or the many everyday citizens who have no recollection of when the New England Patriots won Super Bowl XLIX against the Seattle Seahawks after a “questionable” play call, comedy blogger Robert “Alex” Kaseberg’s (“Kaseberg”) saves the day. Thanks to his witty remarks, and the legal controversy that subsequently unfolded, the world may never forget. Kaseberg wrote in his blog “A Little Bit Bad” on February 3, 2015: “Tom Brady said he wants to give his MVP truck to the man who won the game for the Patriots. So enjoy that truck, Pete Carroll”. Pete Carroll is the Seahawk’s head coach, and was at the time of the fateful “Big Game.” The U.S. Copyright Office seems to have gotten the joke, at least on the second telling.
Kaseberg originally sought to register the joke as a two-sentence 27-word textual work, titled “A LITTLE BIT BAD, Blog Content, Brady Joke February 3, 2015” (the “Work”). The U.S. Copyright Office federal review board (the “Board”) denied Kaseberg’s first request to register the Work. Kaseberg later sued, among others, Conan O’Brien, and his production company Conaco, after the late night host told a similar joke during his show. On May 12, 2017, the U.S. District Court for the Southern District of California ruled partially in Kaseberg’s favor, holding that he was entitled to a “thin” copyright in the Work.
On July 17, 2017, the Board released a decision after reconsidering Kaserberg’s second request to register the Work. This time, the Board found that the Work “exhibits copyrightable authorship and thus may be registered.” The Board also noted that its decision to reverse the refusal to register the copyright claim in the Work and finding the Work copyrightable was consistent with the court’s decision in the Conaco case that “th[e] Work merits thin copyright protection.”
The Board found the Work to warrant copyright protection because it was “sufficiently creative” under the Supreme Court’s test set forth in Feist Publications Inc. v. Rural Telephone Services – that is, only a “minimal degree of creativity” is required for a work to meet the threshold for copyright protection. But the Board cautioned that “works with a thin copyright ‘reflect only scant creativity’”. This, of course, begs the question: how does one measure scantiness? Per the U.S. District Court for the Eastern District of New York in Made Toy Manufacturing Corp. v. Goffa International Corp., “scantiness may exist because the work is composed of elements in the public domain, and it is only the organization of those elements that is protectable.” For instance, an anatomically correct statue of an animal may warrant only “thin” protection because an animal’s physiology is in the public domain, and only the specific creative expression of that anatomy in tangible form would be protected.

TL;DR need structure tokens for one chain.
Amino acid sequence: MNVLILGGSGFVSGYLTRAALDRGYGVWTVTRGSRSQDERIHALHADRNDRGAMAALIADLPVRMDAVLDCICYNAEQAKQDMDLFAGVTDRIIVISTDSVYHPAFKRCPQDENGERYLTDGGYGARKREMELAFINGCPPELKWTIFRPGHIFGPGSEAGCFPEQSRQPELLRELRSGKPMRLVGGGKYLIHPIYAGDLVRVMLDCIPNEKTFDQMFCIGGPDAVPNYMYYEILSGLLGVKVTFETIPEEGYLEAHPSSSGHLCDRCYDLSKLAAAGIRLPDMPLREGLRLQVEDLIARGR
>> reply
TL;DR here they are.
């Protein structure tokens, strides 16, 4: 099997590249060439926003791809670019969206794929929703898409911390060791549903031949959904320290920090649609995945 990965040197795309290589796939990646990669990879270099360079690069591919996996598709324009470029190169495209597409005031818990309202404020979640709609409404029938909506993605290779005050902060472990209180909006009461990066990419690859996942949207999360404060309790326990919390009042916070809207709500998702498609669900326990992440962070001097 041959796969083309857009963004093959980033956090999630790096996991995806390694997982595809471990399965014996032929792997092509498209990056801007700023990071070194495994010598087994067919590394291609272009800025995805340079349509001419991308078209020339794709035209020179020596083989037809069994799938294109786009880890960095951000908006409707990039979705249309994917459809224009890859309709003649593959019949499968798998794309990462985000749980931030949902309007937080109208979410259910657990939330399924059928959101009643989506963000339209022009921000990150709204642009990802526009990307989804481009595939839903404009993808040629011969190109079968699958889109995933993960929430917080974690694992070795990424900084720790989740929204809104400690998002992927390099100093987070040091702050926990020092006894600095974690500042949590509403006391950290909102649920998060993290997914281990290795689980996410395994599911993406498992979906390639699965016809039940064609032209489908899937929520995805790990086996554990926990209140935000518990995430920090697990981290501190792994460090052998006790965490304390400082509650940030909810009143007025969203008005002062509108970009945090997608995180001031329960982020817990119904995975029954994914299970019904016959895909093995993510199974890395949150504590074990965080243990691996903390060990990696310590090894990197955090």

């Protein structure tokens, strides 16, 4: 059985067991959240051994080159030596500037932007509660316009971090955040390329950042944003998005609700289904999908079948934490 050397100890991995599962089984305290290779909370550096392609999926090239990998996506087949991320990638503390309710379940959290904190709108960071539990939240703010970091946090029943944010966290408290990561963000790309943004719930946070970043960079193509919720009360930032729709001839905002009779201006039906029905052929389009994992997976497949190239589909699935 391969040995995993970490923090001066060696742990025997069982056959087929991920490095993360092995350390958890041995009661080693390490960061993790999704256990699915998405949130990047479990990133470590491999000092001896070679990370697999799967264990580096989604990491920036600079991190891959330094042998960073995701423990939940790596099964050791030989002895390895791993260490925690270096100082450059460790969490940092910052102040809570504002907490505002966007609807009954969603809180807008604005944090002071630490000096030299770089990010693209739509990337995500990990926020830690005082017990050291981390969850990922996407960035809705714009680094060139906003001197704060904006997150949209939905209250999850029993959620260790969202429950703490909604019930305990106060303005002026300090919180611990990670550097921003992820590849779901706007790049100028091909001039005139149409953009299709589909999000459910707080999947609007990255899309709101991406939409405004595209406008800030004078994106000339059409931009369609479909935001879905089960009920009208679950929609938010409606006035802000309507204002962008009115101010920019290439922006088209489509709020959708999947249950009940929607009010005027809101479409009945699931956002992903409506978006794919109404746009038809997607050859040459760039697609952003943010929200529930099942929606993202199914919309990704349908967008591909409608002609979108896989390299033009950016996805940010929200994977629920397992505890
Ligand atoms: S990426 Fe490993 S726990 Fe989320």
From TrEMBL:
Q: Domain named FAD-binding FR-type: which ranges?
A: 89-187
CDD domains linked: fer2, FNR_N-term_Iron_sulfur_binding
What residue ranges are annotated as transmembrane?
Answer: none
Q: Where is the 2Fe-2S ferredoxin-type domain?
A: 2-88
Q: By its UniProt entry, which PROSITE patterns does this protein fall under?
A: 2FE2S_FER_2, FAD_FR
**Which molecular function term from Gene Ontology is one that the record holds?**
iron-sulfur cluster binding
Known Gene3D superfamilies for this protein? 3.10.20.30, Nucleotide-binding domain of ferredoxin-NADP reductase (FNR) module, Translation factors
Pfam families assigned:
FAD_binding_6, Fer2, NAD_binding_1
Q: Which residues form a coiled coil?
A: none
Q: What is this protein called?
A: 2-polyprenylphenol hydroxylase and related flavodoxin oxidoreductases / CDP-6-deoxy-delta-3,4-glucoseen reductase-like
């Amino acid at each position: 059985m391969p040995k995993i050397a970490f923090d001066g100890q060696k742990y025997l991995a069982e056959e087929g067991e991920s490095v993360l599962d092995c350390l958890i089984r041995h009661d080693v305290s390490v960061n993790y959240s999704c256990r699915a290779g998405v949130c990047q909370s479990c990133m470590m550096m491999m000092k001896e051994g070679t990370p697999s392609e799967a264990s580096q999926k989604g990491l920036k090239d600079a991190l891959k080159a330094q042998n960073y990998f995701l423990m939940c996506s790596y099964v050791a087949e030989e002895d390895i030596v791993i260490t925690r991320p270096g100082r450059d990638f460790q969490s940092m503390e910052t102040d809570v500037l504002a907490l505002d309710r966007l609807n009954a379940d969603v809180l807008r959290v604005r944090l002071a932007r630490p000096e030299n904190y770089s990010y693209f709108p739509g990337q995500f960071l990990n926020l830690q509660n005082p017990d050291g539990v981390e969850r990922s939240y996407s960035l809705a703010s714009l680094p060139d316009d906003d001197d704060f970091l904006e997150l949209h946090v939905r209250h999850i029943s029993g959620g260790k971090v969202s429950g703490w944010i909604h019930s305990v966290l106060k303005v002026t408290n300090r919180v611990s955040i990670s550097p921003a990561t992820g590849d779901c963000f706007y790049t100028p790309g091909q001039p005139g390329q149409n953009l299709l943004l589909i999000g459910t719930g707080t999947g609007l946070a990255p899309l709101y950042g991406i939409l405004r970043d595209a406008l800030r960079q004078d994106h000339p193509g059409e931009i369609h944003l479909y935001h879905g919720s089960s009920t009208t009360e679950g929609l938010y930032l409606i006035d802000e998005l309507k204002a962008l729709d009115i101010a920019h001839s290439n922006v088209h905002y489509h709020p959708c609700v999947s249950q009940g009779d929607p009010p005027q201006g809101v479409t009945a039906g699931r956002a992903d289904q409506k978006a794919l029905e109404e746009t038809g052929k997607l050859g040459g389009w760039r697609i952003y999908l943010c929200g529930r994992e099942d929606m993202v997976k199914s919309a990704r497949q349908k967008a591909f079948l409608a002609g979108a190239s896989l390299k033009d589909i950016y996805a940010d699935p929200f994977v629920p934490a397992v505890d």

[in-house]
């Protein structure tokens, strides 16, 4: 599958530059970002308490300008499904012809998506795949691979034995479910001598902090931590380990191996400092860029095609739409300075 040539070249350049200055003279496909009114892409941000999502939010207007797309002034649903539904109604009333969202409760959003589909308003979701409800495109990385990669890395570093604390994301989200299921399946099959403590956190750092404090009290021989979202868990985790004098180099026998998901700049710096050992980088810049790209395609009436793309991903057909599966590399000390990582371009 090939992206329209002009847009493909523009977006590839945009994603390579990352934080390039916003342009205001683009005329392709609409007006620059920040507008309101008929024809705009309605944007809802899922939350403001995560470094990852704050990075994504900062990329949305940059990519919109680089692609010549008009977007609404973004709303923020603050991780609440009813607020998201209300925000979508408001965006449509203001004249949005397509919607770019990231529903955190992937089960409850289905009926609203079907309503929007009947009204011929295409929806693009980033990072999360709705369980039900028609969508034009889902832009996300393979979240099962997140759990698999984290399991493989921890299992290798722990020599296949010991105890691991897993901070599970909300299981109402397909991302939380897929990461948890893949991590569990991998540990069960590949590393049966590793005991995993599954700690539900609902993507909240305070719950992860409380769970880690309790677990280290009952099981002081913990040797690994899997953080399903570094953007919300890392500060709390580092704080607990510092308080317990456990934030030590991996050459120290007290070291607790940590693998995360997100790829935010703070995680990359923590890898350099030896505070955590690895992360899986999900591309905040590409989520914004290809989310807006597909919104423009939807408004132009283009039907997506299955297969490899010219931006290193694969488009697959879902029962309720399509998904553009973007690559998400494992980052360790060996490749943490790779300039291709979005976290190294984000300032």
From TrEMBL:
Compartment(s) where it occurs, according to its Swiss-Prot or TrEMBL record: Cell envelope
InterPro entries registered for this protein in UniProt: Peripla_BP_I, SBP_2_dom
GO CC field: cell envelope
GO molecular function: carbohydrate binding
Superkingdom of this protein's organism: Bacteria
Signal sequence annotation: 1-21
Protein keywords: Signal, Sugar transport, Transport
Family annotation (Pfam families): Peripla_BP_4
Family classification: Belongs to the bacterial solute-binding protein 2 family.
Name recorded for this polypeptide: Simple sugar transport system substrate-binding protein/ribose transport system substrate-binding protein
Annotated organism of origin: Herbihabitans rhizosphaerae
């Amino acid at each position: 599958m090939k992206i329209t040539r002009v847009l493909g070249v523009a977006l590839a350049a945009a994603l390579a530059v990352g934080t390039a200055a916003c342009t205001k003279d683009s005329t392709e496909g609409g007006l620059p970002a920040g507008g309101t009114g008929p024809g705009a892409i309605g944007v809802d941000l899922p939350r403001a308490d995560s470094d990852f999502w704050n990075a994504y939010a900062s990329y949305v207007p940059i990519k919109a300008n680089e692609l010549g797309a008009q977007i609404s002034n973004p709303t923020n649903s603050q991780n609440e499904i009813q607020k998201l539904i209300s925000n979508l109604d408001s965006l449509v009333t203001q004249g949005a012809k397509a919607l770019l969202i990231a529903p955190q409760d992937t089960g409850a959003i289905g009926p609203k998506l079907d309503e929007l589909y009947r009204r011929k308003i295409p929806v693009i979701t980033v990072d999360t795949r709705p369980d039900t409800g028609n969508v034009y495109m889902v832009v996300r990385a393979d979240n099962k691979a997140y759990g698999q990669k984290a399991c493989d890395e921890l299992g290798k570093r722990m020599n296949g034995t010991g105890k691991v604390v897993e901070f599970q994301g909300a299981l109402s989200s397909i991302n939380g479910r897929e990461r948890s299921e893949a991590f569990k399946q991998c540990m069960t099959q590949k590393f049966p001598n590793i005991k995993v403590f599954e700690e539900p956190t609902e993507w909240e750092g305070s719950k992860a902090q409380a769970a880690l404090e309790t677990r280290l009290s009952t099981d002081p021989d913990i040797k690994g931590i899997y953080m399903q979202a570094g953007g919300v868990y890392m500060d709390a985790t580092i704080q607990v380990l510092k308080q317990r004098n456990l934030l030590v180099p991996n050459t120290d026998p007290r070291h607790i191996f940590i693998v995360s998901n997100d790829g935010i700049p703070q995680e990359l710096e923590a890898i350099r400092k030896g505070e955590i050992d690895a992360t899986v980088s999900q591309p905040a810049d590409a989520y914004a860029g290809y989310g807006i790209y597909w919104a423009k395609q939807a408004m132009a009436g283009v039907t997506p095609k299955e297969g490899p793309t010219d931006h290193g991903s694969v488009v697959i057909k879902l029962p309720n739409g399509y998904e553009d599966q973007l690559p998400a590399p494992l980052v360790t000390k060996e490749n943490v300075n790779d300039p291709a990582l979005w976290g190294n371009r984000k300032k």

While the Board’s decision regarding Kaseberg’s Work demonstrates that jokes can be copyrighted, it does not set any clear boundaries concerning what jokes will be allowed to register. Only further decisions concerning registrations (both granting and rejecting applications) and court cases will tell the story once a body of joke registrations and case law is established. For instance, will there be a word threshold? Words and short phrases are expressly not copyrightable, so how long must the joke be? Are jokes that have been around for decades (if not longer) in the public domain, or are they copyrightable if they are sufficiently changed (think chickens crossing roads and people walking into bars)? Time may answer these questions, particularly if comedians are now emboldened to try to protect more of their shorter-form works. And time does fly; especially if one throws a clock out the window.